Thanks for that Symptoms. I've wondered what might be the difference between a Public House and a Beer House. That could well be it but most of those I mentioned above were public houses where the landlords occupation was given as innkeeper plus one other occupation. Maybe the beer houses were taking away their trade.

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On 08/03/2020 at 20:41, Alan Edgar (Eggy1948) said:

@Canny lass - checked the other photos that have been posted on the various groups  but can't make out the sign above the door:unsure:

Front Street West nnnn.jpg

 

 

On 09/03/2020 at 09:54, Canny lass said:

Great photos! In the second of them I think it says Masons Arms. I'm pretty sure about the word Arms and that the first word also ends with the letter s. The first word is also marginally longer than the second. Not a lot to go on but better than nothing. What I find more interesting is the medallion on the wall above the sign. Looking at the shape it reminds me of the present day Freemasons sign:

 

Freemasons signum.png

I don't know when the photo was taken but according to census records from 1851 through 1891 the occupation of 'mason' crops up quite freqeuntly. Not so surprising as Bedlington had a quarry or two. I do know that the Stonemason's Guild eventually became the society of Freemasonry. Did they take over this sign from the Stonemasons Guild? Anybody with connections to the Freemasons who can help out here?

@Canny lass - page 109 of the Bedlingtonshire Remembered book :-

Masons Arms.jpg

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Here's a plan for the Mechanics Institute ... I think I downloaded it off the Northumberland Communities site.

 

008872FS.jpg

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2 hours ago, Symptoms said:

Here's a plan for the Mechanics Institute ... I think I downloaded it off the Northumberland Communities site.

 

008872FS.jpg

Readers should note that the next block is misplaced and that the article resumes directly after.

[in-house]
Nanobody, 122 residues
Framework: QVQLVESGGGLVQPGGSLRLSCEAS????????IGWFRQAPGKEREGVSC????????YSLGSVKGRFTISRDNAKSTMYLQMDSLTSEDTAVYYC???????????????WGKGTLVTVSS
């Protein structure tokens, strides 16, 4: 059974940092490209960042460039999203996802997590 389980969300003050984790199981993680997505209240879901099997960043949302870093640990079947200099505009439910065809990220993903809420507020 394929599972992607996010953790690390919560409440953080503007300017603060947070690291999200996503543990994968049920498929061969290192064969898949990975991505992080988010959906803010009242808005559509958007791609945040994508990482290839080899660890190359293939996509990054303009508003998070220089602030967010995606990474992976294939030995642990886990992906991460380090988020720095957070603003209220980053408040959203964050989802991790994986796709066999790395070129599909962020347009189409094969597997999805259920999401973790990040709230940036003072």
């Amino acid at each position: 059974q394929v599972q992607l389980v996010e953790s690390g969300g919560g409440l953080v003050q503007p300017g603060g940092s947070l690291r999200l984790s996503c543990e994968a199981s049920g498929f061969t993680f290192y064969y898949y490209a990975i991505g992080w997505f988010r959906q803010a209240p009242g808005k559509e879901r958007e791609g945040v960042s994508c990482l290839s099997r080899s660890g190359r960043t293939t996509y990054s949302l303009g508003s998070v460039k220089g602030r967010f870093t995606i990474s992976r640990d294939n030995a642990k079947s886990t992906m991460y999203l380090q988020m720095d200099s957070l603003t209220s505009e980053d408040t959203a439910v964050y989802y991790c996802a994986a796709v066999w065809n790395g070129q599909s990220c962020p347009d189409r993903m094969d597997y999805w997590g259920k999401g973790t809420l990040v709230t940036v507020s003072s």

Info on the Northumberland Communities site is :-

 2068797934_MechanicsInstitute.thumb.png.566a27a9ac20647e58ae5706fa724a5f.png

Do I recall someone saying The Mechanics Institute was next to/behind The Sun Inn and was extended to become the Community Centre:mellow:? 

Project1.thumb.png.74c4352b88750b43df8a22689c0dd77d.png

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Alan - It was up 'the grassy knoll' behind the War Memorial so your photo above is correct but the building I remember as the Mechanics Institute was behind what is now the Community Centre (perhaps it was an extension of the CC).  I recall an open yard behind the building in the photo and a single height building which was the Institute;  so, it formed a sort of L-shape with what's now the CC ... perhaps, both building formed the Inst.  

As lads in the mid-1960s we explored Bedders looking for mischief and once got into the old Institute.  As it was a sinle storey there was a hole in the roof (the tiles had been removed) so we climbed up and dropped into the place ... It hadjust been abandoned!!!  There were full sized snooker tables covered in dust, tables and chairs, a mahogany bar, mirrored shelves, etc.  It was if they'd been supping the night before and just left it.  Very strange.  I recall another poster here some years ago talking about this too. 

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19 hours ago, Symptoms said:

..........  I recall another poster here some years ago talking about this too. 

Found the other post - by @Cympil - Feb 2010 - History Hollow - under the Title of 'Workhouse.

I started a new album - 'Old photos of Bedlington 2' under the Historic Bedlington section and I will probably create an entry for the  Mechanics Institute in that album and the photos and info into it.

@Andy Millne - can't remember what access I created to the album - Historic Bedlington>old Photos of Bedlington 2. I meant to create it so that every member could use the 'Add Images' option. Thought I would be able to check it out, and change if necessary, but I can't see a way of checking, and updating, the settings. Can you update the settings so any member could use the Add Images option?

Add Images.jpg

Edited by Alan Edgar (Eggy1948)

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I'm wondering if we have the right Mechanics Institute here?

In 1860 the Bedlington Colliery Mechanics Institute was in the Market Place, a stones throw from the pit. 

 

1860 scale 25 to 1 (2).jpg

Edited by Canny lass

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... and, does anybody know anything about the "Lime Shed" to the rear of the building or the "footpath to station" shown bottom right?

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2 hours ago, Canny lass said:

Found it! 1897 it's next to the Sun Inn:

 

1897 OS map Bedlington.jpg

The Institute i's also on the map extract, next to the Sun,  that @Cympil posted but no date mentioned by Cympil.